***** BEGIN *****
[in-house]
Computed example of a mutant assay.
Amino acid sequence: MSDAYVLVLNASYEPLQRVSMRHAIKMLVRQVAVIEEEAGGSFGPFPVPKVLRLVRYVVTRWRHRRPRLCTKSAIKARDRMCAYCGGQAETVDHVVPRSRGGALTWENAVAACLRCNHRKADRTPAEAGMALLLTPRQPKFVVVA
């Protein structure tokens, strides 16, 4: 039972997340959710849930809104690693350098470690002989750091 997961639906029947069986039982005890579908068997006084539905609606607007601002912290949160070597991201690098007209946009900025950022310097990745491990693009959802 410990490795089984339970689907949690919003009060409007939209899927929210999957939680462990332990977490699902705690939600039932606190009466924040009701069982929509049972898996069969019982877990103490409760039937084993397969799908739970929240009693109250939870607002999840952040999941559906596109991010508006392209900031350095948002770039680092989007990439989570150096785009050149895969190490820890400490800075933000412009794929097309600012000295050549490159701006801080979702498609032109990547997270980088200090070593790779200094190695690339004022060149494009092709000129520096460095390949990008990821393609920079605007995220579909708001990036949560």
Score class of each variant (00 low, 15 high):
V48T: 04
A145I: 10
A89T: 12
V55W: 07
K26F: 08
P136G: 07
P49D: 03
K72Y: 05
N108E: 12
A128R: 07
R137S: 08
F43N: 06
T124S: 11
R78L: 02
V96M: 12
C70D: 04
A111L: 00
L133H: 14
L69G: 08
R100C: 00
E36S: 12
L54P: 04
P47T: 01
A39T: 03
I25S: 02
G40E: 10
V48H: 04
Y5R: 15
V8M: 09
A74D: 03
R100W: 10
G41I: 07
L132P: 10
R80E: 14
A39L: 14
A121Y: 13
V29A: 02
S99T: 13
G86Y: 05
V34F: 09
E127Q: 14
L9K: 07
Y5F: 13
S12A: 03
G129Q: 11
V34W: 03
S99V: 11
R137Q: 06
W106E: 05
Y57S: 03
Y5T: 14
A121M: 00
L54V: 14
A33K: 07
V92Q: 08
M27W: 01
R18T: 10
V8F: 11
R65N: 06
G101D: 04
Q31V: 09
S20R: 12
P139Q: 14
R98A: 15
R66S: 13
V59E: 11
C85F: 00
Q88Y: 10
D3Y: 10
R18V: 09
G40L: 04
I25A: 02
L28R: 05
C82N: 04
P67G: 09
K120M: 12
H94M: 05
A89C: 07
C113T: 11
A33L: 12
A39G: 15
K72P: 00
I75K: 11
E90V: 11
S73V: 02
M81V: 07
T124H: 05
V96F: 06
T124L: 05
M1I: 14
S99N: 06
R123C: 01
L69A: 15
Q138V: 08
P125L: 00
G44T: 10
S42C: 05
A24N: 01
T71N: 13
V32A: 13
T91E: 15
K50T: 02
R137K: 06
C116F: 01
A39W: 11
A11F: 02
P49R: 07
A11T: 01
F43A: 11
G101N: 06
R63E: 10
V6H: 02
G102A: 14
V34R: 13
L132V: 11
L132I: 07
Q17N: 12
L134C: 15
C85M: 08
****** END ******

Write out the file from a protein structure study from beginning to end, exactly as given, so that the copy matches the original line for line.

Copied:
[in-house]
Computed example of a mutant assay.
Amino acid sequence: MSDAYVLVLNASYEPLQRVSMRHAIKMLVRQVAVIEEEAGGSFGPFPVPKVLRLVRYVVTRWRHRRPRLCTKSAIKARDRMCAYCGGQAETVDHVVPRSRGGALTWENAVAACLRCNHRKADRTPAEAGMALLLTPRQPKFVVVA
């Protein structure tokens, strides 16, 4: 039972997340959710849930809104690693350098470690002989750091 997961639906029947069986039982005890579908068997006084539905609606607007601002912290949160070597991201690098007209946009900025950022310097990745491990693009959802 410990490795089984339970689907949690919003009060409007939209899927929210999957939680462990332990977490699902705690939600039932606190009466924040009701069982929509049972898996069969019982877990103490409760039937084993397969799908739970929240009693109250939870607002999840952040999941559906596109991010508006392209900031350095948002770039680092989007990439989570150096785009050149895969190490820890400490800075933000412009794929097309600012000295050549490159701006801080979702498609032109990547997270980088200090070593790779200094190695690339004022060149494009092709000129520096460095390949990008990821393609920079605007995220579909708001990036949560």
Score class of each variant (00 low, 15 high):
V48T: 04
A145I: 10
A89T: 12
V55W: 07
K26F: 08
P136G: 07
P49D: 03
K72Y: 05
N108E: 12
A128R: 07
R137S: 08
F43N: 06
T124S: 11
R78L: 02
V96M: 12
C70D: 04
A111L: 00
L133H: 14
L69G: 08
R100C: 00
E36S: 12
L54P: 04
P47T: 01
A39T: 03
I25S: 02
G40E: 10
V48H: 04
Y5R: 15
V8M: 09
A74D: 03
R100W: 10
G41I: 07
L132P: 10
R80E: 14
A39L: 14
A121Y: 13
V29A: 02
S99T: 13
G86Y: 05
V34F: 09
E127Q: 14
L9K: 07
Y5F: 13
S12A: 03
G129Q: 11
V34W: 03
S99V: 11
R137Q: 06
W106E: 05
Y57S: 03
Y5T: 14
A121M: 00
L54V: 14
A33K: 07
V92Q: 08
M27W: 01
R18T: 10
V8F: 11
R65N: 06
G101D: 04
Q31V: 09
S20R: 12
P139Q: 14
R98A: 15
R66S: 13
V59E: 11
C85F: 00
Q88Y: 10
D3Y: 10
R18V: 09
G40L: 04
I25A: 02
L28R: 05
C82N: 04
P67G: 09
K120M: 12
H94M: 05
A89C: 07
C113T: 11
A33L: 12
A39G: 15
K72P: 00
I75K: 11
E90V: 11
S73V: 02
M81V: 07
T124H: 05
V96F: 06
T124L: 05
M1I: 14
S99N: 06
R123C: 01
L69A: 15
Q138V: 08
P125L: 00
G44T: 10
S42C: 05
A24N: 01
T71N: 13
V32A: 13
T91E: 15
K50T: 02
R137K: 06
C116F: 01
A39W: 11
A11F: 02
P49R: 07
A11T: 01
F43A: 11
G101N: 06
R63E: 10
V6H: 02
G102A: 14
V34R: 13
L132V: 11
L132I: 07
Q17N: 12
L134C: 15
C85M: 08